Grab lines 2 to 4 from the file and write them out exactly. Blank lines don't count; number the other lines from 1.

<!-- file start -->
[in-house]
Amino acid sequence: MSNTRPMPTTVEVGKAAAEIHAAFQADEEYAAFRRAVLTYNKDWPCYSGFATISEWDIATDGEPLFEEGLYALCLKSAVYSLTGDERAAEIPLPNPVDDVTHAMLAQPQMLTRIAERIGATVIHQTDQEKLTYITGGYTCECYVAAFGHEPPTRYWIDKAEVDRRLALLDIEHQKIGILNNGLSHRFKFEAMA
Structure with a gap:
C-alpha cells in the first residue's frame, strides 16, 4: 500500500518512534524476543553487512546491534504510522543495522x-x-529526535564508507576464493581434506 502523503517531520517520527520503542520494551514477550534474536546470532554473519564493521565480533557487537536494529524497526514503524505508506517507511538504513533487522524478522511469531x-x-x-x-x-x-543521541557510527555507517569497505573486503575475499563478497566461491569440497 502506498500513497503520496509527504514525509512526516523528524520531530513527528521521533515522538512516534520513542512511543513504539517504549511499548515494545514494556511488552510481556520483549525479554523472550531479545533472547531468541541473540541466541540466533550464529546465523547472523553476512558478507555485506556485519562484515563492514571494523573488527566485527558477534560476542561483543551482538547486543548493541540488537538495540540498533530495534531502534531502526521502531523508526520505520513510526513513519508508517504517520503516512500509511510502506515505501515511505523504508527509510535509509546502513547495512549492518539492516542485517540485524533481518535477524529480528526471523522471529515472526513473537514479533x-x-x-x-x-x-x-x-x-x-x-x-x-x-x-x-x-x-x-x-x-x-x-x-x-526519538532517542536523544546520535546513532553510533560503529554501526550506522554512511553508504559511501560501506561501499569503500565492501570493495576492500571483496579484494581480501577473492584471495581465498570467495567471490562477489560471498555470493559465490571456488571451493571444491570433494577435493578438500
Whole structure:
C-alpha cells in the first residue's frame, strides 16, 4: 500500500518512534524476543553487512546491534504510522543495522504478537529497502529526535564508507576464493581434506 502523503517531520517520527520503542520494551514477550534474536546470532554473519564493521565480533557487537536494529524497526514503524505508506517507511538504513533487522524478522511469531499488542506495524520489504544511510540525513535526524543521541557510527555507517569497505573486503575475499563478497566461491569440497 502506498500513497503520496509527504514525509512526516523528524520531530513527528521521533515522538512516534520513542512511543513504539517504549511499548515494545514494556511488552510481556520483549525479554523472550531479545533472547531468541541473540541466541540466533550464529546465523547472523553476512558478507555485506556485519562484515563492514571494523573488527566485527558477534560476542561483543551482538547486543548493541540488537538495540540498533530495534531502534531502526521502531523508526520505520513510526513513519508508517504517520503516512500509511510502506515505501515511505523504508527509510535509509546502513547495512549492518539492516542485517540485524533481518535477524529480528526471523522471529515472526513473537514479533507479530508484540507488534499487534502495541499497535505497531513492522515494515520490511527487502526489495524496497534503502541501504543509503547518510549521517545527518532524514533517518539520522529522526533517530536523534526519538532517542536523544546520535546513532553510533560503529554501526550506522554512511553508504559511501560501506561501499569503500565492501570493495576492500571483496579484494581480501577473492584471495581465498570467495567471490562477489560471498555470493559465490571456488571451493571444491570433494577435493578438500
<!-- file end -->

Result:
Amino acid sequence: MSNTRPMPTTVEVGKAAAEIHAAFQADEEYAAFRRAVLTYNKDWPCYSGFATISEWDIATDGEPLFEEGLYALCLKSAVYSLTGDERAAEIPLPNPVDDVTHAMLAQPQMLTRIAERIGATVIHQTDQEKLTYITGGYTCECYVAAFGHEPPTRYWIDKAEVDRRLALLDIEHQKIGILNNGLSHRFKFEAMA
Structure with a gap:
C-alpha cells in the first residue's frame, strides 16, 4: 500500500518512534524476543553487512546491534504510522543495522x-x-529526535564508507576464493581434506 502523503517531520517520527520503542520494551514477550534474536546470532554473519564493521565480533557487537536494529524497526514503524505508506517507511538504513533487522524478522511469531x-x-x-x-x-x-543521541557510527555507517569497505573486503575475499563478497566461491569440497 502506498500513497503520496509527504514525509512526516523528524520531530513527528521521533515522538512516534520513542512511543513504539517504549511499548515494545514494556511488552510481556520483549525479554523472550531479545533472547531468541541473540541466541540466533550464529546465523547472523553476512558478507555485506556485519562484515563492514571494523573488527566485527558477534560476542561483543551482538547486543548493541540488537538495540540498533530495534531502534531502526521502531523508526520505520513510526513513519508508517504517520503516512500509511510502506515505501515511505523504508527509510535509509546502513547495512549492518539492516542485517540485524533481518535477524529480528526471523522471529515472526513473537514479533x-x-x-x-x-x-x-x-x-x-x-x-x-x-x-x-x-x-x-x-x-x-x-x-x-526519538532517542536523544546520535546513532553510533560503529554501526550506522554512511553508504559511501560501506561501499569503500565492501570493495576492500571483496579484494581480501577473492584471495581465498570467495567471490562477489560471498555470493559465490571456488571451493571444491570433494577435493578438500